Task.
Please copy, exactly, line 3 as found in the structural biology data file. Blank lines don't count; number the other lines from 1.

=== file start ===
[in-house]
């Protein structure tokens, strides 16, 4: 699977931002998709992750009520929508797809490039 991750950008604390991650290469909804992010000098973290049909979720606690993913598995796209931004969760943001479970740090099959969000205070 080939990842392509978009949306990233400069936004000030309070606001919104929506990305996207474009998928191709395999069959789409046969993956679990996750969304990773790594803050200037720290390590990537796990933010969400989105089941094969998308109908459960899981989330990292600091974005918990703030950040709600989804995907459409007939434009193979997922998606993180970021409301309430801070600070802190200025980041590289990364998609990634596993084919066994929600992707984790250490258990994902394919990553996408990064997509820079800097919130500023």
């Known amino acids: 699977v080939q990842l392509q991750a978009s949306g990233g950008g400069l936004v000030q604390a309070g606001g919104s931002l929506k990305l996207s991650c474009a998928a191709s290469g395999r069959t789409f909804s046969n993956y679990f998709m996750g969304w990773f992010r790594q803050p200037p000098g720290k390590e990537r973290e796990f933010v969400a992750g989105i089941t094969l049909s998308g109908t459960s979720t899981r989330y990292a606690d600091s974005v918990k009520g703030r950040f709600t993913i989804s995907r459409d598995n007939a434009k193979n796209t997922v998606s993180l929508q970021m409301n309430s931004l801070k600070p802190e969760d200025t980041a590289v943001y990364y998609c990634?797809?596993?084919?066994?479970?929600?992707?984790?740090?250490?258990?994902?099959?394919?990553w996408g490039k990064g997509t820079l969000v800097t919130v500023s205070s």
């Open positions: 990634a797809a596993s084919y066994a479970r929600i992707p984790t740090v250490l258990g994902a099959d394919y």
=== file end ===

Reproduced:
């Known amino acids: 699977v080939q990842l392509q991750a978009s949306g990233g950008g400069l936004v000030q604390a309070g606001g919104s931002l929506k990305l996207s991650c474009a998928a191709s290469g395999r069959t789409f909804s046969n993956y679990f998709m996750g969304w990773f992010r790594q803050p200037p000098g720290k390590e990537r973290e796990f933010v969400a992750g989105i089941t094969l049909s998308g109908t459960s979720t899981r989330y990292a606690d600091s974005v918990k009520g703030r950040f709600t993913i989804s995907r459409d598995n007939a434009k193979n796209t997922v998606s993180l929508q970021m409301n309430s931004l801070k600070p802190e969760d200025t980041a590289v943001y990364y998609c990634?797809?596993?084919?066994?479970?929600?992707?984790?740090?250490?258990?994902?099959?394919?990553w996408g490039k990064g997509t820079l969000v800097t919130v500023s205070s």